Taking a page from the Class of 2004, Harlem High School graduates placed a stone into a vase as they walked across the Augusta-Richmond County Civic Center stage Saturday to receive their diplomas.
Harlem High School graduate Wesley Story Jr. gets a hug from his father, Wesley Story Sr., and sister Kelsey Story after graduation Saturday.
A year ago, Harlem's seniors did the same to honor retiring Principal Barry Hemphill's last graduating class. On Saturday, the 2005 class did so to honor Alan Griffin's first graduating class as principal of Harlem High.
"I'm really proud that this is my first graduating class," Griffin said. "They are a great bunch of kids."
Griffin served as an assistant principal at Harlem High for 11 years before taking over for Hemphill last year. He said he didn't know about the vase of stones until the day before graduation.
"I'm going to keep it in my office," he said.
All of Columbia County's public high schools graduated their seniors Saturday at the civic center. Harlem's class walked first, followed by Greenbrier High, Lakeside High and Evans High School.
"It typifies one of life's most important benchmarks," school Superintendent Tommy Price said to Harlem's graduates. "We hope your experience in the Columbia County school system ... has prepared you well for that next step."
Harlem's 2005 class president, Kelly Cheesborough, echoed Price's remarks.
Jenell Hawn (from left), Holly Woodworth and Raynetta Drinnon are all smiles after Greenbrier's graduation ceremony.
"It's time for us now to head into the real world," she said. "We are no longer innocent kids, but the rising future of the greatest nation on Earth."
Greenbrier High Valedictor-ian Rachel Marie Kauffman asked her class to get ready for the "real world," but to also seek out their purpose in life.
"Once we discover what we truly want to do, we should follow it with all of our being," she said.
"Follow your heart. Reach for your dreams. The road awaits us," Kauffman said.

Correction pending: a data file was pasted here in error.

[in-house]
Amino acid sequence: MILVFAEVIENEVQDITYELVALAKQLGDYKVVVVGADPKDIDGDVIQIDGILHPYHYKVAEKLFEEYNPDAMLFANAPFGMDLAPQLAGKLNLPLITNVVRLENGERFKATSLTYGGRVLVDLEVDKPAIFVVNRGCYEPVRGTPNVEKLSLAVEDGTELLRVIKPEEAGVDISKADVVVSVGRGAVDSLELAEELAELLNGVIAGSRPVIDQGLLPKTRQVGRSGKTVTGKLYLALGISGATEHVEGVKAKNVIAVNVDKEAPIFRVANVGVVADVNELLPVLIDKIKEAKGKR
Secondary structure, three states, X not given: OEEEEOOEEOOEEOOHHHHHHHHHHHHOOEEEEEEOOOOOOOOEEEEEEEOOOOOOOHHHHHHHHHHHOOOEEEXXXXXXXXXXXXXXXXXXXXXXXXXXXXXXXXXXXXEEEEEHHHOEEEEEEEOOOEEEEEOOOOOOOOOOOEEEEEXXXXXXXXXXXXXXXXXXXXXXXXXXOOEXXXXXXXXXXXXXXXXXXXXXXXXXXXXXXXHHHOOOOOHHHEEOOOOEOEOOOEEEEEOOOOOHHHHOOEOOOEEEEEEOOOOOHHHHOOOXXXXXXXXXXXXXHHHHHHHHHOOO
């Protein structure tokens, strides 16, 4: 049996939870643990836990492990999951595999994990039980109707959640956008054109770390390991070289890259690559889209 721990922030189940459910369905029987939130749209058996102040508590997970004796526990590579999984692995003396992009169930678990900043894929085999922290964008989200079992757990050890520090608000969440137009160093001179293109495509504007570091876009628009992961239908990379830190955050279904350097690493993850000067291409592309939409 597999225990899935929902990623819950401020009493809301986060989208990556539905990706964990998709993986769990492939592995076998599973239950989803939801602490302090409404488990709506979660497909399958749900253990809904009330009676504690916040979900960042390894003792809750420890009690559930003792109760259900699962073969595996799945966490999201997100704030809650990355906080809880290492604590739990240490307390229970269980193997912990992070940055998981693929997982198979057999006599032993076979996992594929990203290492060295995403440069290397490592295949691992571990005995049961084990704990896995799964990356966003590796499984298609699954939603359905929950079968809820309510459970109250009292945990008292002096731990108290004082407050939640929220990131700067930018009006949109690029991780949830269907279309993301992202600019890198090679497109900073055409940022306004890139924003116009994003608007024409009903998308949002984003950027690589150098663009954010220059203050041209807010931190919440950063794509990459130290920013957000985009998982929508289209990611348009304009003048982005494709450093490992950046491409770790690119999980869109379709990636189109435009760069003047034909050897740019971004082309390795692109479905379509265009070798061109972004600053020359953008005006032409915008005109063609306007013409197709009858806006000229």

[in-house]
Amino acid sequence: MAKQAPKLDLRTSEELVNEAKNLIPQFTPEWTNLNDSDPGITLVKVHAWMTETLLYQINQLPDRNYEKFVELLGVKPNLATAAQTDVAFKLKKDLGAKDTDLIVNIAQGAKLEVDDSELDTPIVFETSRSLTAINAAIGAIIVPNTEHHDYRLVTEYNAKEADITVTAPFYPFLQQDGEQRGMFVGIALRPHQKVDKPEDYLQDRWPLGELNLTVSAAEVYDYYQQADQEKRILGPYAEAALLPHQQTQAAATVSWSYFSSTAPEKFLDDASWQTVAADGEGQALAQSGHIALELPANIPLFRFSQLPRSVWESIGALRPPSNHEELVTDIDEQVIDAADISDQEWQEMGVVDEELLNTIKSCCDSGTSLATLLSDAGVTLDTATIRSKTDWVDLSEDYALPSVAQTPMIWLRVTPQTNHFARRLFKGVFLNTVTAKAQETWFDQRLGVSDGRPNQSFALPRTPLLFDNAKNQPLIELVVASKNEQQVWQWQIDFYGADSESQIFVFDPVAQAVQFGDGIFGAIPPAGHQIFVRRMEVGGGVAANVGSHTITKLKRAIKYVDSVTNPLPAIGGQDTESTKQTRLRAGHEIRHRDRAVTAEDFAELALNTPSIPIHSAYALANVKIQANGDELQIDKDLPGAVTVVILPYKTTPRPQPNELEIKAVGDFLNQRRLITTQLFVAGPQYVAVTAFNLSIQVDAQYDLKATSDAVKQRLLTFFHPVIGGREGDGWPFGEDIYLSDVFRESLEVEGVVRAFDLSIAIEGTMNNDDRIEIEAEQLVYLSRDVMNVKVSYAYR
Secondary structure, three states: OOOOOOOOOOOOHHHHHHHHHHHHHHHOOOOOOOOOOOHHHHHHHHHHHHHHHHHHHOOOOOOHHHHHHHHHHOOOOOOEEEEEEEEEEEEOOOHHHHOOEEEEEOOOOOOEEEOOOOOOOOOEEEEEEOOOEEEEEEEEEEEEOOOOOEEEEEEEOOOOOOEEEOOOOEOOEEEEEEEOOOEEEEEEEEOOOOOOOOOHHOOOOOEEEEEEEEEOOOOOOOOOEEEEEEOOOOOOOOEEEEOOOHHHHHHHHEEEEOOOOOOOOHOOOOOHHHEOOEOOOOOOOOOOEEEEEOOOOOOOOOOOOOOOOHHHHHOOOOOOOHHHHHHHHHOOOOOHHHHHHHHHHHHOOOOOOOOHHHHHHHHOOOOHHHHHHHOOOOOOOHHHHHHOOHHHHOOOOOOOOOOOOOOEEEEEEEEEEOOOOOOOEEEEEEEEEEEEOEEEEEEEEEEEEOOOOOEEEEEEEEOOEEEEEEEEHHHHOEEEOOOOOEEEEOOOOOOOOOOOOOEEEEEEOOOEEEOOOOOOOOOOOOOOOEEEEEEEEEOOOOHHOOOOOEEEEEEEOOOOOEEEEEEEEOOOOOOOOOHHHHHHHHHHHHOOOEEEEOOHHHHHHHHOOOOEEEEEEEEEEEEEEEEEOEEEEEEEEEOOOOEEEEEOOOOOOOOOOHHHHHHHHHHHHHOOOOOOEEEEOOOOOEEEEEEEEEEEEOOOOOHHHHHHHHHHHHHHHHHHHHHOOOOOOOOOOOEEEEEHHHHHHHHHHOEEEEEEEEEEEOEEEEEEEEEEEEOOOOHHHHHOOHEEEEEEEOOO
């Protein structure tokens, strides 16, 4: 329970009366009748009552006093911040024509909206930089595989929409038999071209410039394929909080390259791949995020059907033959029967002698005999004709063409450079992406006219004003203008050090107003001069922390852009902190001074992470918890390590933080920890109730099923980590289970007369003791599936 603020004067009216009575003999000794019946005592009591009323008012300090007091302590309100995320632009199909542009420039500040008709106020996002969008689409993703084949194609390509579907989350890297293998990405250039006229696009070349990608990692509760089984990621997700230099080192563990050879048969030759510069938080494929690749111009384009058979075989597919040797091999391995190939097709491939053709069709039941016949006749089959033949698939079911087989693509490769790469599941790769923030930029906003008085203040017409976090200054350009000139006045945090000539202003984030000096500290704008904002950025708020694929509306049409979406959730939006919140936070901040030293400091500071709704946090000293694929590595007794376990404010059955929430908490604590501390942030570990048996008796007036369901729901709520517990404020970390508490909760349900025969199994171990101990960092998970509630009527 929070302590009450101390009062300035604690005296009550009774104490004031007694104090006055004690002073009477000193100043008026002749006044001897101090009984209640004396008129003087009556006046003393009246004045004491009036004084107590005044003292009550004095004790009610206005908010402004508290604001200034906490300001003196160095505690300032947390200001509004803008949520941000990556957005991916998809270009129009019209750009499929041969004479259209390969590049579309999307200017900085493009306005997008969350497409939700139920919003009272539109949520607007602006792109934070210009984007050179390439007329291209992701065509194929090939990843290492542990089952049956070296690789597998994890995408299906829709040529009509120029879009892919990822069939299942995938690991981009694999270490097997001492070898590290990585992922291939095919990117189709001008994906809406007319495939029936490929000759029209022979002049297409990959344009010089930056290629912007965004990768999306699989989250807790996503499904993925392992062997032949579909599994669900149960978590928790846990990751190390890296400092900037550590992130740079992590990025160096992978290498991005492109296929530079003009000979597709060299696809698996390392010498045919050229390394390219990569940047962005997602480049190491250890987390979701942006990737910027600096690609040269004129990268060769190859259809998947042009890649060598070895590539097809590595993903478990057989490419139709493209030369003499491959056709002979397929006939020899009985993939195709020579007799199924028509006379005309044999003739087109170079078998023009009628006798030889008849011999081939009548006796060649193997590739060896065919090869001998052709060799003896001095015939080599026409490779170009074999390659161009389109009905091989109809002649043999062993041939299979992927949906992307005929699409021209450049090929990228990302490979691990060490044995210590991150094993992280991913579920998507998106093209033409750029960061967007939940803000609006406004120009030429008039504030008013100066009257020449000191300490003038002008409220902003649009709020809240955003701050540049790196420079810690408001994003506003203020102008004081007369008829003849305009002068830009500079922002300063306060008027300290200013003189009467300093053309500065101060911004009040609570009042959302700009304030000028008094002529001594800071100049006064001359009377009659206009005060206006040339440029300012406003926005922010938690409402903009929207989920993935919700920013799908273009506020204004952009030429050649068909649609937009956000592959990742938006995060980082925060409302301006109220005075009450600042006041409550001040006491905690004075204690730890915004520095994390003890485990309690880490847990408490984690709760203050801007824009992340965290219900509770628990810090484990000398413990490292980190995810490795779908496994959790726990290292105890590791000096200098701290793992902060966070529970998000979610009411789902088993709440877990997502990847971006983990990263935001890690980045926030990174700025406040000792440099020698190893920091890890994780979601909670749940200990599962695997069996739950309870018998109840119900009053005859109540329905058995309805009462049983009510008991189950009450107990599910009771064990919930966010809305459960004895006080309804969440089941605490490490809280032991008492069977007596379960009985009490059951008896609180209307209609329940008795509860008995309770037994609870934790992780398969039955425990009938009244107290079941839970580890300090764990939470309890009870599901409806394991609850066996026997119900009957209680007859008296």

Principal Sandra Carraway's road will take her from the head administrator's post at Greenbrier this summer to an assistant superintendent's job at the school board's main office in Appling.
Carraway recently was promoted and presided over her last graduation as an administrator Saturday.
"Graduation is a happy occasion, but it's tough saying goodbye," Carraway said. "But when you think about it, graduation marks a natural transition, and I'm included in that this year."
Lakeside High School graduates have much to be happy and proud of, Principal Jeff Carney said in a speech to the 2005 class.
Some of Lakeside's achievements made possible by students, Carney said, included achieving the highest average SAT scores in the county for the past 17 straight years, having six National Merit Scholarship finalists this year, producing the county's STAR students 14 of the past 17 years - including two STAR Students this year - and bringing in $2.7 million in scholarship offers for the senior class.
Evans graduates Cheng Ho and Jenifer Rieck (center), co-salutatorians, and Shivani Gupta, valedictorian, are proud of their achievements.
"(These graduates) are part of the reason we are a 2005 Georgia School of Excellence," Carney said.
Still, Lakeside physics teacher John Cato, in a speech to students, said perseverance is more important than accomplishments.
"Making A's and winning games is not the measure of anyone's character," he said. "Staying the course is."
While perseverance is important, graduate Ashley Hausman reminded her fellow graduates that their accomplishments make them remembered.
"We are part of the reason Lakeside was named a high school of excellence and our voices will echo long after we're gone," she said.
Graduate speakers at Evans High School's ceremony expressed gratitude.
Evans co-salutatorian Cheng Ho, who moved to Evans five years ago from Taiwan, opened his speech with a phrase in his native tongue. He then reverted to a language a little more familiar with the crowd.
"Howdy everyone. How y'all doin'?" he said to an delighted cheer from spectators.
Greenbrier High School graduate Aaron Barton poses for a photo with sister Anna Beth Barton and mother, Pat Barton, outside the Augusta-Richmond County Civic Center after Greenbrier's commencement ceremony Saturday.
Photo by Barry Paschal
Ho came to America after his father died of liver cancer and his mother became too ill to care for him and his sister. With no English-speaking skills, he said, he remembered how scared he was when he first arrived.
"Now, this place really feels like home, which is something I would have never thought I would have said five years ago," Ho said.
"This community opened its arms to me, taught me character, and made me a man," Ho said.
Like Ho, Evans valedictorian Shivani Gupta said all of Saturday's graduates are from various backgrounds, and each of them can make a difference.
"What is the one thing this diverse group has in common?" she asked. "The capacity to effect change."
Best and Brightest
The Augusta Chronicle recognizes the 25 outstanding members of the Class of 2005 - the winners of our Best and Brightest Awards.
Lists of graduates
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